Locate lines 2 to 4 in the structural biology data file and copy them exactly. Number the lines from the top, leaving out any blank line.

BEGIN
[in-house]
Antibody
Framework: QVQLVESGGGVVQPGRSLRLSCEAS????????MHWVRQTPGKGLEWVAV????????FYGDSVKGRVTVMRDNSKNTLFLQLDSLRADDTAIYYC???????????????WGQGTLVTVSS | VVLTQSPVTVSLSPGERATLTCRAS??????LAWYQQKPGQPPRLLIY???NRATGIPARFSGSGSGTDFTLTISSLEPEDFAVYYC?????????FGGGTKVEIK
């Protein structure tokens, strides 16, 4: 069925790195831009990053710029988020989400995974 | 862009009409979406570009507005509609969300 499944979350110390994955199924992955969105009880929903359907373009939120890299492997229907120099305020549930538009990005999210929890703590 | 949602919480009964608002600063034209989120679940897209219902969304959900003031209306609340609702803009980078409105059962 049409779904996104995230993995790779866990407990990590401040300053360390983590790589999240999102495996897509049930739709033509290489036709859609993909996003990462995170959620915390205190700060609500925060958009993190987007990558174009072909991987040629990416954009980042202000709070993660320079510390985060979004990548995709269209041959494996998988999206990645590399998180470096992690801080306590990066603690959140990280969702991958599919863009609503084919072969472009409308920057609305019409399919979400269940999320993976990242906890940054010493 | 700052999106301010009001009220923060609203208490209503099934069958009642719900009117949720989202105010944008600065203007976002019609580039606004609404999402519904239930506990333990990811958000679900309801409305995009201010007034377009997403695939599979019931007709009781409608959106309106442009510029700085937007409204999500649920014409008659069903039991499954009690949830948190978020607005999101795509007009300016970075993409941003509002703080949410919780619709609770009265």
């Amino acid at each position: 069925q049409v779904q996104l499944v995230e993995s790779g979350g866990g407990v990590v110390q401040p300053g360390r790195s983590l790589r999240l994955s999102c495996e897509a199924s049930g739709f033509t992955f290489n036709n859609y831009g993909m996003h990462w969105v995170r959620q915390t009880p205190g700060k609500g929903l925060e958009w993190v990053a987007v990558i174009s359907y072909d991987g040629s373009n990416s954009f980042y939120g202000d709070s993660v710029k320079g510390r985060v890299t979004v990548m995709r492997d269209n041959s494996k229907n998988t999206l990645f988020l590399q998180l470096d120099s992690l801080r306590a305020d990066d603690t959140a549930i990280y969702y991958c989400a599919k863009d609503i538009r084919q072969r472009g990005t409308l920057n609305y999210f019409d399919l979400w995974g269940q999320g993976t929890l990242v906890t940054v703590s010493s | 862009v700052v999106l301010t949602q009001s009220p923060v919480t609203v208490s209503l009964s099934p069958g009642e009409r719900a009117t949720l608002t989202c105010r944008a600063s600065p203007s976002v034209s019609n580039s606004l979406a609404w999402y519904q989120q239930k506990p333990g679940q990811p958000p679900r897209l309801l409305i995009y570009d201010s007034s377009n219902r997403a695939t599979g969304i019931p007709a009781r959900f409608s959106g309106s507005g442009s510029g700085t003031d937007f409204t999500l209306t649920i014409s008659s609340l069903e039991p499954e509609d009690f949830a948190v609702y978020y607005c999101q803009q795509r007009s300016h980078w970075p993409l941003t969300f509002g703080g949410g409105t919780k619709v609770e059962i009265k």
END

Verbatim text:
Antibody
Framework: QVQLVESGGGVVQPGRSLRLSCEAS????????MHWVRQTPGKGLEWVAV????????FYGDSVKGRVTVMRDNSKNTLFLQLDSLRADDTAIYYC???????????????WGQGTLVTVSS | VVLTQSPVTVSLSPGERATLTCRAS??????LAWYQQKPGQPPRLLIY???NRATGIPARFSGSGSGTDFTLTISSLEPEDFAVYYC?????????FGGGTKVEIK
């Protein structure tokens, strides 16, 4: 069925790195831009990053710029988020989400995974 | 862009009409979406570009507005509609969300 499944979350110390994955199924992955969105009880929903359907373009939120890299492997229907120099305020549930538009990005999210929890703590 | 949602919480009964608002600063034209989120679940897209219902969304959900003031209306609340609702803009980078409105059962 049409779904996104995230993995790779866990407990990590401040300053360390983590790589999240999102495996897509049930739709033509290489036709859609993909996003990462995170959620915390205190700060609500925060958009993190987007990558174009072909991987040629990416954009980042202000709070993660320079510390985060979004990548995709269209041959494996998988999206990645590399998180470096992690801080306590990066603690959140990280969702991958599919863009609503084919072969472009409308920057609305019409399919979400269940999320993976990242906890940054010493 | 700052999106301010009001009220923060609203208490209503099934069958009642719900009117949720989202105010944008600065203007976002019609580039606004609404999402519904239930506990333990990811958000679900309801409305995009201010007034377009997403695939599979019931007709009781409608959106309106442009510029700085937007409204999500649920014409008659069903039991499954009690949830948190978020607005999101795509007009300016970075993409941003509002703080949410919780619709609770009265």